Compare 1587 edition: 1 Philoſtrate in Heroices ſayth,Philoſtrate how he ſawe the body of a Gyant 30. cubits in length, alſo the carkaſſe of another of 22. and the thirde, of 12.

Compare 1587 edition: 1 Plinie telleth of an Earthquake at Creta, Lib. 7. which diſcouered the body of a Gyant, which was 46. cubits in length after the Romaine ſtanderde, and by dyuers ſuppoſed to be the bodye of Orion or Aetion.

Compare 1587 edition: 1 2 3 4 Trallianus writeth howe the Athenienſes digging on a time in the grounde to laye the foundatiõ of their new walles in the dayes of an Emperour, Trallianus. did finde the bones of Macro|ſyris in a coffin of harde ſtone, of 10. cubites in length after the accompt of the Romaine cubite, which was then a foote and an halfe & not much diffrence from halfe a yarde of our meaſure nowe in Englande. In the time of Hadriane themperour the body of a Gyaunt was take vp at Meſſana conteining 20. foote in length, & hauing a double row of téeth, yet EEBO page image 13 ſtanding whole in his chaps, In Dalmatia, manye graues were ſhaken open with an earthquake, in one of which aboue the reſt, a carcaſſe was found whoſe ribbe conteined 16. elles, after the Romaine meaſure, whereby ye whole body was iudged to be 64. ſith ye lõgeſt rib is cõmonly about ye fourth part of a man, as ſome Simmetriciẽs affirme, Arrhian ſaith that in the time of Alexander the bodies of ye Aſianes were generally of huge ſtature, and commonly of 5. cubits, ſuch was the height of Porus of Inde, whome Alexander vanqui|ſhed and ouerthrew in battaile. Sudas ſpea|keth in like maner of Ganges, killed likewiſe by the ſayd prince, who farre excéeded Porus for he was 10. cubits lõg. But of al theſe this one example ſhall paſſe, which I doe reade alſo in Trallianus & he ſetteth downe in forme and manner following.

Compare 1587 edition: 1 I mouth of 16. foote wide.In the daies of Tiberius themperor ſaith he a corps was left bare or layde open after an erthquake of which eche tooth cõteined 12. yn|ches ouer at ye leſt, now foraſmuch as in ſuch as bée full mouthed eche chap hath 16. teeth at the leaſt, which is 32. in ye whole, néedes muſt the wydeneſſe of this mannes chappes be ſixetéene foote, and the opening of his lippes 10. A large mouth in mine opinion and not to féede with Ladies of my time, beſides that if occaſion ſerued, it was able to receiue the whole bodye of a man, I meane of ſuch as flouriſh in our daies. Whẽ this careaſſe was thus founde, euery man marueyled at it and good cauſe why, a meſſenger alſo was ſente vnto Tiberius themperour to know his plea|ſure,A coũter|feete made of a mon|ſtrous car|caſſe by one tooth taken out of ye head. whether he wold haue the ſame brought euer vnto Rome or not, but he forbade them, willing his Legate not to remooue the deade out of his reſting place, but rather to ſende him a tooth out of his head, which being done, he gaue the ſame to a cunning workeman, commanding him to ſhape a carcaſſe of light matter, after the proporcion of the tooth, that at the leaſt by ſuch meanes he might ſatiſfie his curious minde, and the fantaſies of ſuch as are delited with newes.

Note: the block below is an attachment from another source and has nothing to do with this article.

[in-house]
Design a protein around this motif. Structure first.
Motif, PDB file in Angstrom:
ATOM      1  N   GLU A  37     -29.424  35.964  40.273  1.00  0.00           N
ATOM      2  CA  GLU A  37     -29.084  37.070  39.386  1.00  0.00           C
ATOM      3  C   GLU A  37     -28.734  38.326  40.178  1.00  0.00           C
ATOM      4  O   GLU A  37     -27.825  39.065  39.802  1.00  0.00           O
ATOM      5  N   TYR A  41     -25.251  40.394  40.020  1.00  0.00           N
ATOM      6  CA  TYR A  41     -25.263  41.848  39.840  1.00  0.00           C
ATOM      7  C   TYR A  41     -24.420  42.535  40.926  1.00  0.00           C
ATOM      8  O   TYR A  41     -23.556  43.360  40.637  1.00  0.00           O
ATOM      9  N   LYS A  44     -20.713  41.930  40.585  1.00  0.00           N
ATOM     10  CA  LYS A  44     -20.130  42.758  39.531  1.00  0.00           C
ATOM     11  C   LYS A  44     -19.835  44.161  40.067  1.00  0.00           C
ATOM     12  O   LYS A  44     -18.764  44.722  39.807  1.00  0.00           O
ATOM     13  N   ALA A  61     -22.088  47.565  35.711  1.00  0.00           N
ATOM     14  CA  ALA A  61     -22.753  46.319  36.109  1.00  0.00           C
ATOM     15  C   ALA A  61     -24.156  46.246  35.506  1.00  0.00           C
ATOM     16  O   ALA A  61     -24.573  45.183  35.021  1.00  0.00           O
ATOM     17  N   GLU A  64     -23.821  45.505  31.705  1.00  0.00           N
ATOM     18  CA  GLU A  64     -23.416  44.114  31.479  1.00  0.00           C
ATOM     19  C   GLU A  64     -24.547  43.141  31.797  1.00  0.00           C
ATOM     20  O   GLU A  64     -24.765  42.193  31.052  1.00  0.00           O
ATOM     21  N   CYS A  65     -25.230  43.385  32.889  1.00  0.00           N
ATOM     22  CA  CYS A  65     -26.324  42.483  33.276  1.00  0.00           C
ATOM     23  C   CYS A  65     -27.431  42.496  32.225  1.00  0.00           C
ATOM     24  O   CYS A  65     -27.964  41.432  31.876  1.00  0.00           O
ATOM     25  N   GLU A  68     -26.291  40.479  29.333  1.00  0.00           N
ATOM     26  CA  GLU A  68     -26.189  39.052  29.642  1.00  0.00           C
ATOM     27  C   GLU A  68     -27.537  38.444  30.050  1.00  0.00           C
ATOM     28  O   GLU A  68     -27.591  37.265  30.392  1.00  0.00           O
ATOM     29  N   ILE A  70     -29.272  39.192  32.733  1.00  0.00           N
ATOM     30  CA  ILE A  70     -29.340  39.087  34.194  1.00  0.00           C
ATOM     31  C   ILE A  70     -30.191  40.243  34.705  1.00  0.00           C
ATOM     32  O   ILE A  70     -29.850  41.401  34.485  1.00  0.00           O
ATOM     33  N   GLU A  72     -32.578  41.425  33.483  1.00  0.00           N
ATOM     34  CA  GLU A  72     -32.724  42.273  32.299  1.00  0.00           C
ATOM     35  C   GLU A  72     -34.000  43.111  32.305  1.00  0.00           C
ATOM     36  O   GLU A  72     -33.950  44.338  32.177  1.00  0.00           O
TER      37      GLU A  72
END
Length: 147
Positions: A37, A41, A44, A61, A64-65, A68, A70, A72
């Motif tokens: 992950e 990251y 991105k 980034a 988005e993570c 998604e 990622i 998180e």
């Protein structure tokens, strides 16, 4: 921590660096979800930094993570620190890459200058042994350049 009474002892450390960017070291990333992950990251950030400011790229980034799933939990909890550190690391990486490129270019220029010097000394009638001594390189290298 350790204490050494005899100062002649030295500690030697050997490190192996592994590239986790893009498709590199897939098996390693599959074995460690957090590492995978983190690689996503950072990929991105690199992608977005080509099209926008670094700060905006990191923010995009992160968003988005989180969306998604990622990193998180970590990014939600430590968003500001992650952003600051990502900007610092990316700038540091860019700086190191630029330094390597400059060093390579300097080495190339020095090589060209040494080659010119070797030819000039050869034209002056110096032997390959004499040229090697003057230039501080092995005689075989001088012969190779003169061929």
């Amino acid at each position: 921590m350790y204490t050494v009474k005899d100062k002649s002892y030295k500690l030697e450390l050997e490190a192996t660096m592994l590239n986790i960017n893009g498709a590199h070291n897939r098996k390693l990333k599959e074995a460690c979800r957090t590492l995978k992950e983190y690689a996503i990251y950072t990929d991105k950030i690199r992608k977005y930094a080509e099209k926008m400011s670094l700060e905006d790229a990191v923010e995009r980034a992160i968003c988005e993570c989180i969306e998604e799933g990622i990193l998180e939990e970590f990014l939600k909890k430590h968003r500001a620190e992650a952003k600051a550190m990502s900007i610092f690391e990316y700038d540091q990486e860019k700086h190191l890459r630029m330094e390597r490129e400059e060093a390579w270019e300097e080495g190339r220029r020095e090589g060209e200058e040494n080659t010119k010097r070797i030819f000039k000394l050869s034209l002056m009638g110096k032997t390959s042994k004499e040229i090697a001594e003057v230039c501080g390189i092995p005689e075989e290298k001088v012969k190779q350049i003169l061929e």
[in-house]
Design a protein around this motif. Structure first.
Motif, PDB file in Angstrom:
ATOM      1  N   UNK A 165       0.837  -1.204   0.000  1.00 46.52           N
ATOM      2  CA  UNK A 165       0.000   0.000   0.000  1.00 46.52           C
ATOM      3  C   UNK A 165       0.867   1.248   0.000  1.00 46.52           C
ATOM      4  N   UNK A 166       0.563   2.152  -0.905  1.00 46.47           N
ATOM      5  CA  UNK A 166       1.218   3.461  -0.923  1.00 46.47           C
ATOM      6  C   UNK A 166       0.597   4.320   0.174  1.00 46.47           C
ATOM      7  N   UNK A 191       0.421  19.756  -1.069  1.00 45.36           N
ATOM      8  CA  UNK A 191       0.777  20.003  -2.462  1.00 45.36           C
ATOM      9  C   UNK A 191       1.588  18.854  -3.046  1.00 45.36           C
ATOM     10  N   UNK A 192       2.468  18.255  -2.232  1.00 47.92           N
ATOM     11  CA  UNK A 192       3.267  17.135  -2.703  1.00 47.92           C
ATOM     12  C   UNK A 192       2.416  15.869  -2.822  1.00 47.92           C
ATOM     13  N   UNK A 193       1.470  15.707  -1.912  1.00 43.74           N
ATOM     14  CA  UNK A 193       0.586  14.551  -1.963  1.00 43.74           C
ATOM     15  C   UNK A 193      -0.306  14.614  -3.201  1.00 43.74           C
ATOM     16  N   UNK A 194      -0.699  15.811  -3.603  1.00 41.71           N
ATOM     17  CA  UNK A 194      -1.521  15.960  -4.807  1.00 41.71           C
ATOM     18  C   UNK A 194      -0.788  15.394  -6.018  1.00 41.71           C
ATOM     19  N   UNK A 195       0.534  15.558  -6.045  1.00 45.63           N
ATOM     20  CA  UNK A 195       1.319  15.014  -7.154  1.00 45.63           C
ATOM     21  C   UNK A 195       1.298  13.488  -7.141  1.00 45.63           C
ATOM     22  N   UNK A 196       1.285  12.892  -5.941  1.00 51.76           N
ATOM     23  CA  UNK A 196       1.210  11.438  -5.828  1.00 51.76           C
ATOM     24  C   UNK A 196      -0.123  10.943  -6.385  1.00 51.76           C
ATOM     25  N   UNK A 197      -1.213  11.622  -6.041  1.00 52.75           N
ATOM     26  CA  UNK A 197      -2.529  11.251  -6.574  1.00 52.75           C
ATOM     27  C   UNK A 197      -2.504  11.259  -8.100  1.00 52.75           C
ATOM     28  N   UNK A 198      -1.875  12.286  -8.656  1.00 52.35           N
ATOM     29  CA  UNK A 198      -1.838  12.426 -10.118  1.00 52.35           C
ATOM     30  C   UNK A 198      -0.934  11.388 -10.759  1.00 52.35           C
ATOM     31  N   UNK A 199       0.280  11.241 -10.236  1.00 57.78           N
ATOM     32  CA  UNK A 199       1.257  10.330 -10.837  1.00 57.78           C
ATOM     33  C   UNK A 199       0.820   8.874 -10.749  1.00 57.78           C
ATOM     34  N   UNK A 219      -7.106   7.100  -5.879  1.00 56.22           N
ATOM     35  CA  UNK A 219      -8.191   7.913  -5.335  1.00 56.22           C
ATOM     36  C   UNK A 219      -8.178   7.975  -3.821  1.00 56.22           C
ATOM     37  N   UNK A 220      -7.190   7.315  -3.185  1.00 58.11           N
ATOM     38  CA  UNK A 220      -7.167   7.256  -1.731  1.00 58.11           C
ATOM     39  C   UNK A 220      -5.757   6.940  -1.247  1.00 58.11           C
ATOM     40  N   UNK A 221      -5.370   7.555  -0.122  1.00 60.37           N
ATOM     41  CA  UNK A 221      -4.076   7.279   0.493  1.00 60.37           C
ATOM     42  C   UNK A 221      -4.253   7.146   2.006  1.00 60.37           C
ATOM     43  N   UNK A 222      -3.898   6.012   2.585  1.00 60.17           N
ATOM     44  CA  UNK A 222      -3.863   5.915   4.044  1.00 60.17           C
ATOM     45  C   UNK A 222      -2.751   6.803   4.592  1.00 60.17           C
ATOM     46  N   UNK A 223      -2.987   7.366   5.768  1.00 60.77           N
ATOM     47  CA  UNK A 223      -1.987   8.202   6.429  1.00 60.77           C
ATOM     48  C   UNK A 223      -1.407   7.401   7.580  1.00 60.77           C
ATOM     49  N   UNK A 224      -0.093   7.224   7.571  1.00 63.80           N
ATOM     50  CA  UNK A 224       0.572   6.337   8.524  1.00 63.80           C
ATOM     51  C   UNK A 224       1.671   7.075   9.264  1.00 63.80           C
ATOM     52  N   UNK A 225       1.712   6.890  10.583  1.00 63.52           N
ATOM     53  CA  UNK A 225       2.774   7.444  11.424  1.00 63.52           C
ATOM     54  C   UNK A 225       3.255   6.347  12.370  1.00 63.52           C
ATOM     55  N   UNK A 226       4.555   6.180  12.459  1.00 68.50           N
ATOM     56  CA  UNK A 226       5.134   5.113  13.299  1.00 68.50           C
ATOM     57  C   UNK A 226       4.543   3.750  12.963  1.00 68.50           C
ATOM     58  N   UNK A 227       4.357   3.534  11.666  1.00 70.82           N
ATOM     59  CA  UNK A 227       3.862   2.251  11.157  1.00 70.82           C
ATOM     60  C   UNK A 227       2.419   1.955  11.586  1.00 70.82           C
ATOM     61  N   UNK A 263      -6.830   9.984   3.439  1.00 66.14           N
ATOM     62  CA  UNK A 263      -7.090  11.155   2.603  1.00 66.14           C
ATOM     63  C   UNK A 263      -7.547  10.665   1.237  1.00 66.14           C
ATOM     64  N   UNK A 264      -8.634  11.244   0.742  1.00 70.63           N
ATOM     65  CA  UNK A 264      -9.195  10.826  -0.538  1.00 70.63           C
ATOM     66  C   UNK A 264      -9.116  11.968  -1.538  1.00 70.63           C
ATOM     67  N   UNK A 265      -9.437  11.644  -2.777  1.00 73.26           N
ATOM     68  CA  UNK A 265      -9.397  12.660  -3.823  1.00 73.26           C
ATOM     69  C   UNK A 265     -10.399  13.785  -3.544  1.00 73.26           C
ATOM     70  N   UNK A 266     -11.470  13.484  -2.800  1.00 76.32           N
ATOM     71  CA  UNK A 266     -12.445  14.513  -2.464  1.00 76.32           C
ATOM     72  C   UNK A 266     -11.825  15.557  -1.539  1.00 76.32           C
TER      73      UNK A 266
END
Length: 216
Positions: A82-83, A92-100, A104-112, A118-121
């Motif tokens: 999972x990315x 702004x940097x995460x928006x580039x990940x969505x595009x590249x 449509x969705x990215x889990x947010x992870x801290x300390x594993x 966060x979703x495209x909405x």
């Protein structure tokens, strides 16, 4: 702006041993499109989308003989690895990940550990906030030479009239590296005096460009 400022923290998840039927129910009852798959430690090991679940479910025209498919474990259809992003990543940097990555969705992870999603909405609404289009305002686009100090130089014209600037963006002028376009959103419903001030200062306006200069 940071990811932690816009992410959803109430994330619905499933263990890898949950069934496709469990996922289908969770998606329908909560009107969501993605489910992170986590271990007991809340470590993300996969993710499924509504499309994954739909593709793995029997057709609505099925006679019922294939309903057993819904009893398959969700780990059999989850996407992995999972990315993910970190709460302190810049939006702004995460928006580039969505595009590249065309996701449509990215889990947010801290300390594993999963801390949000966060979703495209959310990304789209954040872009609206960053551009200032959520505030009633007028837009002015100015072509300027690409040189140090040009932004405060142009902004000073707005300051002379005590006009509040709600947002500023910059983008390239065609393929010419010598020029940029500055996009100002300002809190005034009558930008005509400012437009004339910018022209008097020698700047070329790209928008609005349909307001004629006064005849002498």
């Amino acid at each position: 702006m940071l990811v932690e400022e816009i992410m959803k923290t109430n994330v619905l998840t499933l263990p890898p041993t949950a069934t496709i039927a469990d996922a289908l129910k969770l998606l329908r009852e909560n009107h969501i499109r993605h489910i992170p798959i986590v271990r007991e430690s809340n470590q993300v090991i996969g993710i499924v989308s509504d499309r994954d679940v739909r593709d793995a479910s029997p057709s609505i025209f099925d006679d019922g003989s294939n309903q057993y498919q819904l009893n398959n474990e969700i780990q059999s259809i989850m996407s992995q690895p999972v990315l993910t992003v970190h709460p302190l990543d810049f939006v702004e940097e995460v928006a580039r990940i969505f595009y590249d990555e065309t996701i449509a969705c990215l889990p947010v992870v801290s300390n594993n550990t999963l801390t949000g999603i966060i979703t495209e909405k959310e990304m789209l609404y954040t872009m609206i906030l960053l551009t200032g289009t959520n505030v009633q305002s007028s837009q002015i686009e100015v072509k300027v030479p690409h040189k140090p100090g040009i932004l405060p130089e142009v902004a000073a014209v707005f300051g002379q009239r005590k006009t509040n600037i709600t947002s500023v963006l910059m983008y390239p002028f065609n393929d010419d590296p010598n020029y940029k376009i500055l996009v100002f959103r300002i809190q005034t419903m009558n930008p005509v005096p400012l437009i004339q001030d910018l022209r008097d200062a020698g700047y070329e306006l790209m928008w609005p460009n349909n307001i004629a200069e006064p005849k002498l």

Compare 1587 edition: 1 2 This man was more fauorable to this mõ|ſter then our pa|piſts were to the bo|dies of the dead who tare them in péeces to make mo|ney of thẽ.To be ſhort whẽ the ymage was once made and ſet vp an end, it appeared rather an huge colloſſy then the true repreſentation of the carcaſſe of a man, and when it had ſtande in Rome vntill the people were wearye of it and thorowly ſatiſfied with the ſight thereof, he cauſed it to bée broken all to péeces, and the tooth ſent againe to the carcaſſe from whence it came, willing them moreouer to couer it diligently, & in any wiſe not to diſmẽ|ber the corps, nor from thencefoorth to bée ſo hardie as to open the ſepulchre any more. I could rehearſe many mo examples of the bo|dies of ſuch men, out of Solinus, Sabellicus Cooper, and other, but theſe here ſhall ſuffiſe to prooue my purpoſe with all. I might tell you in like ſorts of the ſtone which Turnus threwe at Aeneas, which was ſuch as that 12. choſen and picked men

(Qualia nunc hominum producit corpora tellus. Vis vnit [...] fortior eſt eadem di [...]+perſa.)
were not able to ſturre and remooue out of the place, but I paſſe it ouer, & diuers of the like, concluding that theſe huge blockes were ordeined and created by God: firſt for a teſti|monie vnto vs, of his power and myght, ſe|condly for a confirmation that hugeneſſe of bodye is not to be accompted, of as a part of our felicitie, ſith they which poſſeſſed ye ſame, were not onely tyrauntes, doltyſh, and euyll men, but alſo oftentimes ouercome euen by the weake and féeble. Finally they were ſuch in déede as in whome the Lorde delited not, according to the ſaying of the Prophet Ba|ruch.

Compare 1587 edition: 1 Ibi fuerunt gigantes nominati, illi qui ab ini|tio fuerunt ſtatura magna, ſcientes bellum,Cap. 3. [...] hos non elegit dominus, neque illis viam diſciplinae dedit, propterea perierunt, & quoniam nõ ha|buerunt ſapientiam, interierunt propter ſuam inſipientiam. &c.

Compare 1587 edition: 1 There were the Gyants, famous from the beginning, that were of ſo great ſtature & ſo expert in warre. Thoſe did not the Lorde chooſe neither gaue he the way of knowledge vnto them. But they were deſtroied, becauſe they had no wiſedome, and periſhed through their owne fooliſhneſſe.